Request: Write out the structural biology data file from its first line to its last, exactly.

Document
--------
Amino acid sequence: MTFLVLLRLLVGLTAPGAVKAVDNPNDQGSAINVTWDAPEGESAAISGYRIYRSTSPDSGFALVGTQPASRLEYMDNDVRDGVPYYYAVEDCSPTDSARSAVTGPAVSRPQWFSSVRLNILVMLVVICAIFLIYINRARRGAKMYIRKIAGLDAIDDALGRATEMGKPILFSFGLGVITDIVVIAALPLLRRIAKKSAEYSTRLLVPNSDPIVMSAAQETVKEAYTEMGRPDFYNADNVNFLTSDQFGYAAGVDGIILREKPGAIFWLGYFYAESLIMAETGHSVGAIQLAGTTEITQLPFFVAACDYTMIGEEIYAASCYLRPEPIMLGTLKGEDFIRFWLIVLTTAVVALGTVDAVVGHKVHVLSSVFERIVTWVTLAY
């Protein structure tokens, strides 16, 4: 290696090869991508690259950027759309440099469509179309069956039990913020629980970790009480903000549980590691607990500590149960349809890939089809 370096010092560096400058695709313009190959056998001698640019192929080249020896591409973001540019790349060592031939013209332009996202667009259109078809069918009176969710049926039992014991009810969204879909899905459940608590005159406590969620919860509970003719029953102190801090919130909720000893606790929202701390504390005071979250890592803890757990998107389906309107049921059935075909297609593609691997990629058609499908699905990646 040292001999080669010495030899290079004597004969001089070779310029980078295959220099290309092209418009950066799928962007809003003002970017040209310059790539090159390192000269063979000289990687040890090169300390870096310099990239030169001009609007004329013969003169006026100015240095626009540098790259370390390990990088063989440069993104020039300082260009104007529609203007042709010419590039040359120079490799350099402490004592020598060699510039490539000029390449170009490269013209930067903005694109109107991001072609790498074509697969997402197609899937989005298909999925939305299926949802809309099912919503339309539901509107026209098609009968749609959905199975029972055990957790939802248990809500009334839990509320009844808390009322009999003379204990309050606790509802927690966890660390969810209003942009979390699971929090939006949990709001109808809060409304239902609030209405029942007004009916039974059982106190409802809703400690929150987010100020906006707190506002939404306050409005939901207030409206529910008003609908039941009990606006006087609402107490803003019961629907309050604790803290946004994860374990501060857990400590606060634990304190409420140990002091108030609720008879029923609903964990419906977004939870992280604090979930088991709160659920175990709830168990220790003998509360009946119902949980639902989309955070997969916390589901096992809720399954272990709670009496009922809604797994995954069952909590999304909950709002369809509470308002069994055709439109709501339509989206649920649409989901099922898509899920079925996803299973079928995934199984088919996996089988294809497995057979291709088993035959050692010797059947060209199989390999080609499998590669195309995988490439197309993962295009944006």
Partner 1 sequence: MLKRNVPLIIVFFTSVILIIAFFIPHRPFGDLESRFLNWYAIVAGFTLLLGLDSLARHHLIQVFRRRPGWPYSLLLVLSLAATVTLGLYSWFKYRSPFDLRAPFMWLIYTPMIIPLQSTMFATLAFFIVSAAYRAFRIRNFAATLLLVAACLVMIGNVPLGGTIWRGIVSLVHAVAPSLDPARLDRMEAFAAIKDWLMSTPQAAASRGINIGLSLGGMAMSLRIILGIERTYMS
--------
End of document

Amino acid sequence: MTFLVLLRLLVGLTAPGAVKAVDNPNDQGSAINVTWDAPEGESAAISGYRIYRSTSPDSGFALVGTQPASRLEYMDNDVRDGVPYYYAVEDCSPTDSARSAVTGPAVSRPQWFSSVRLNILVMLVVICAIFLIYINRARRGAKMYIRKIAGLDAIDDALGRATEMGKPILFSFGLGVITDIVVIAALPLLRRIAKKSAEYSTRLLVPNSDPIVMSAAQETVKEAYTEMGRPDFYNADNVNFLTSDQFGYAAGVDGIILREKPGAIFWLGYFYAESLIMAETGHSVGAIQLAGTTEITQLPFFVAACDYTMIGEEIYAASCYLRPEPIMLGTLKGEDFIRFWLIVLTTAVVALGTVDAVVGHKVHVLSSVFERIVTWVTLAY
């Protein structure tokens, strides 16, 4: 290696090869991508690259950027759309440099469509179309069956039990913020629980970790009480903000549980590691607990500590149960349809890939089809 370096010092560096400058695709313009190959056998001698640019192929080249020896591409973001540019790349060592031939013209332009996202667009259109078809069918009176969710049926039992014991009810969204879909899905459940608590005159406590969620919860509970003719029953102190801090919130909720000893606790929202701390504390005071979250890592803890757990998107389906309107049921059935075909297609593609691997990629058609499908699905990646 040292001999080669010495030899290079004597004969001089070779310029980078295959220099290309092209418009950066799928962007809003003002970017040209310059790539090159390192000269063979000289990687040890090169300390870096310099990239030169001009609007004329013969003169006026100015240095626009540098790259370390390990990088063989440069993104020039300082260009104007529609203007042709010419590039040359120079490799350099402490004592020598060699510039490539000029390449170009490269013209930067903005694109109107991001072609790498074509697969997402197609899937989005298909999925939305299926949802809309099912919503339309539901509107026209098609009968749609959905199975029972055990957790939802248990809500009334839990509320009844808390009322009999003379204990309050606790509802927690966890660390969810209003942009979390699971929090939006949990709001109808809060409304239902609030209405029942007004009916039974059982106190409802809703400690929150987010100020906006707190506002939404306050409005939901207030409206529910008003609908039941009990606006006087609402107490803003019961629907309050604790803290946004994860374990501060857990400590606060634990304190409420140990002091108030609720008879029923609903964990419906977004939870992280604090979930088991709160659920175990709830168990220790003998509360009946119902949980639902989309955070997969916390589901096992809720399954272990709670009496009922809604797994995954069952909590999304909950709002369809509470308002069994055709439109709501339509989206649920649409989901099922898509899920079925996803299973079928995934199984088919996996089988294809497995057979291709088993035959050692010797059947060209199989390999080609499998590669195309995988490439197309993962295009944006």
Partner 1 sequence: MLKRNVPLIIVFFTSVILIIAFFIPHRPFGDLESRFLNWYAIVAGFTLLLGLDSLARHHLIQVFRRRPGWPYSLLLVLSLAATVTLGLYSWFKYRSPFDLRAPFMWLIYTPMIIPLQSTMFATLAFFIVSAAYRAFRIRNFAATLLLVAACLVMIGNVPLGGTIWRGIVSLVHAVAPSLDPARLDRMEAFAAIKDWLMSTPQAAASRGINIGLSLGGMAMSLRIILGIERTYMS